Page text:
A dazed middle-aged man, his shirt bloodied, lay on the ground mumbling, "I'm okay, I'm okay" on his cellphone.

"The scene was of a horror unimaginable: babies dead on the street, children burned and bleeding," said Aviva Nachmani, who was staying at the guesthouse celebrating her son's bar-mitzva. Her son escaped unharmed.

"I saw an empty baby carriage, with the infant lying dead on the street," said Shlomo, an eyewitness from the nearby Mir Yeshiva. A middle-aged man lay on the ground, his arm nearly severed from his body, he recalled. "He kept crying out: 'Please save my arm, save my arm."

Jerusalem police chief Cmrd. Mickey Levy said the location of the attack, near eastern Jerusalem, may have helped the terrorist or terrorists, especially considering the fact that Jerusalem's downtown and northern areas were teeming with police last night.

Levy said police had received several warnings throughout the day about impending attacks, but there were no concrete alerts about a suicide bombing or of an attack in Beit Yisrael, which adjoins Jerusalem's Mea She'arim neighborhood.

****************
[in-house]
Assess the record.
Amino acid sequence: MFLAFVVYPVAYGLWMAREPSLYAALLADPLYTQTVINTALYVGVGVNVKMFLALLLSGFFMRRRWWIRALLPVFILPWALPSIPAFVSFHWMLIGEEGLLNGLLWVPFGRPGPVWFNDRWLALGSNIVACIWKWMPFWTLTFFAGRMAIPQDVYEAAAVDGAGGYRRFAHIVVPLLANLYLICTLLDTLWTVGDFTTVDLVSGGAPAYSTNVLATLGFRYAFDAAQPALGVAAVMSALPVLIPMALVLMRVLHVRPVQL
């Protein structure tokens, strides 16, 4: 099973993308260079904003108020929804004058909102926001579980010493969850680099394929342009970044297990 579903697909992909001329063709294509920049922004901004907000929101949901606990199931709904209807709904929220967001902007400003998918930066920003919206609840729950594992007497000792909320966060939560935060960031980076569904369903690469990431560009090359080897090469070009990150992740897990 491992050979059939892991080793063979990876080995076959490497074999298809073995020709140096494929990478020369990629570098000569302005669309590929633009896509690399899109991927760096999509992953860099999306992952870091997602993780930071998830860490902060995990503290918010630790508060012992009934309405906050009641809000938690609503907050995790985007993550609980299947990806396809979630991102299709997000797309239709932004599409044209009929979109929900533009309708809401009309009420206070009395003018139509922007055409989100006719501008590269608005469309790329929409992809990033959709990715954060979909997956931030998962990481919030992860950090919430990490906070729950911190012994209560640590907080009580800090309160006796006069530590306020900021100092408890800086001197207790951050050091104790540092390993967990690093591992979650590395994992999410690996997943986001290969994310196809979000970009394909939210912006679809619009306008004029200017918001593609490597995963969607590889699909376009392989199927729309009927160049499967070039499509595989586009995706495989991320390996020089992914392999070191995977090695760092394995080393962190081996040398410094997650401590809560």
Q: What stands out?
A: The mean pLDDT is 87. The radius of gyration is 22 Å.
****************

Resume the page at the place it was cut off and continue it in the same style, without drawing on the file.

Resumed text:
Police noted last night that they checked out a suspicious-looking man in Beit Yisrael at about 3 p.m., but let him go. At 6:15 police also followed up a call about a suspicious-looking man lurking near Jerusalem's Sacher Park across town, which also ended without arrest.

Police Insp.-Gen. Shlomo Aharonishsky said there were a large number of casualties because the attacker picked an especially busy hour, as the street was crowded with worshipers returning home from synagogue.

Shrilly Biton, 19, had just left the Mahane Yisrael Yeshiva's guest house, whose stone walls were stained with blood, heading to her car when the blast went off.

"I saw people flying in the air, my own brother" said Biton, lightly wounded in the attack, as she was wheeled away on a stretcher.

The site of the attack had been targeted before. Last February, a car bomb ripped through a side street in the neighborhood just meters away from last night's attack, but miraculously failed to cause any serious injury that time. Last night a sign affixed to the site last year could still be seen reading: "A great miracle happened here."

Upon hearing the news of the attack, hundreds of Palestinians at the Dehaishe refugee camp staged an impromptu celebration, chanting, "Revenge, revenge," and firing guns into the air at the entrance to the camp.

 

SUICIDE BOMBER STRIKES IN JERUSALEM CROWD

Ten die as suicide bomber strikes in Jerusalem crowd
The Sunday Telegraph
March 3, 2002

At least 10 people, including two infants, were killed last night and 57 injured, four of them seriously, when a suicide bomber threw himself into a crowd in an ultra-Orthodox neighbourhood of Jerusalem after Sabbath prayers.